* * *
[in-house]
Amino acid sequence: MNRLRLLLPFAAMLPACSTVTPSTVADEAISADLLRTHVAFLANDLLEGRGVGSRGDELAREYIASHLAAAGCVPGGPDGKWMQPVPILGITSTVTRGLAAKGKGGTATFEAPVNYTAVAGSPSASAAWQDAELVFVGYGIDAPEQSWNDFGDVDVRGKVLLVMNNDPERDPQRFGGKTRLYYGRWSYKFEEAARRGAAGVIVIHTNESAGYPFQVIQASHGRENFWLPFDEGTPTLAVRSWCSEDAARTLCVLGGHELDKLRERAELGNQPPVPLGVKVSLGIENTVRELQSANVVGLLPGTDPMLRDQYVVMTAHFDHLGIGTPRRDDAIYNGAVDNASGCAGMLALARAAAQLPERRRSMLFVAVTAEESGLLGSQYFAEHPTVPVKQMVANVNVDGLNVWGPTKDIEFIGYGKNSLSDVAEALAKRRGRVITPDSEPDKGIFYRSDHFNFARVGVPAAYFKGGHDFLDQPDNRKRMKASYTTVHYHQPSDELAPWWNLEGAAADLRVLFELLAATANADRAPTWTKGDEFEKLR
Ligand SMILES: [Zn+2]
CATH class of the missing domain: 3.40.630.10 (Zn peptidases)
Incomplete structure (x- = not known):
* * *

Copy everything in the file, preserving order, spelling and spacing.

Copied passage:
[in-house]
Amino acid sequence: MNRLRLLLPFAAMLPACSTVTPSTVADEAISADLLRTHVAFLANDLLEGRGVGSRGDELAREYIASHLAAAGCVPGGPDGKWMQPVPILGITSTVTRGLAAKGKGGTATFEAPVNYTAVAGSPSASAAWQDAELVFVGYGIDAPEQSWNDFGDVDVRGKVLLVMNNDPERDPQRFGGKTRLYYGRWSYKFEEAARRGAAGVIVIHTNESAGYPFQVIQASHGRENFWLPFDEGTPTLAVRSWCSEDAARTLCVLGGHELDKLRERAELGNQPPVPLGVKVSLGIENTVRELQSANVVGLLPGTDPMLRDQYVVMTAHFDHLGIGTPRRDDAIYNGAVDNASGCAGMLALARAAAQLPERRRSMLFVAVTAEESGLLGSQYFAEHPTVPVKQMVANVNVDGLNVWGPTKDIEFIGYGKNSLSDVAEALAKRRGRVITPDSEPDKGIFYRSDHFNFARVGVPAAYFKGGHDFLDQPDNRKRMKASYTTVHYHQPSDELAPWWNLEGAAADLRVLFELLAATANADRAPTWTKGDEFEKLR
Ligand SMILES: [Zn+2]
CATH class of the missing domain: 3.40.630.10 (Zn peptidases)
Incomplete structure (x- = not known):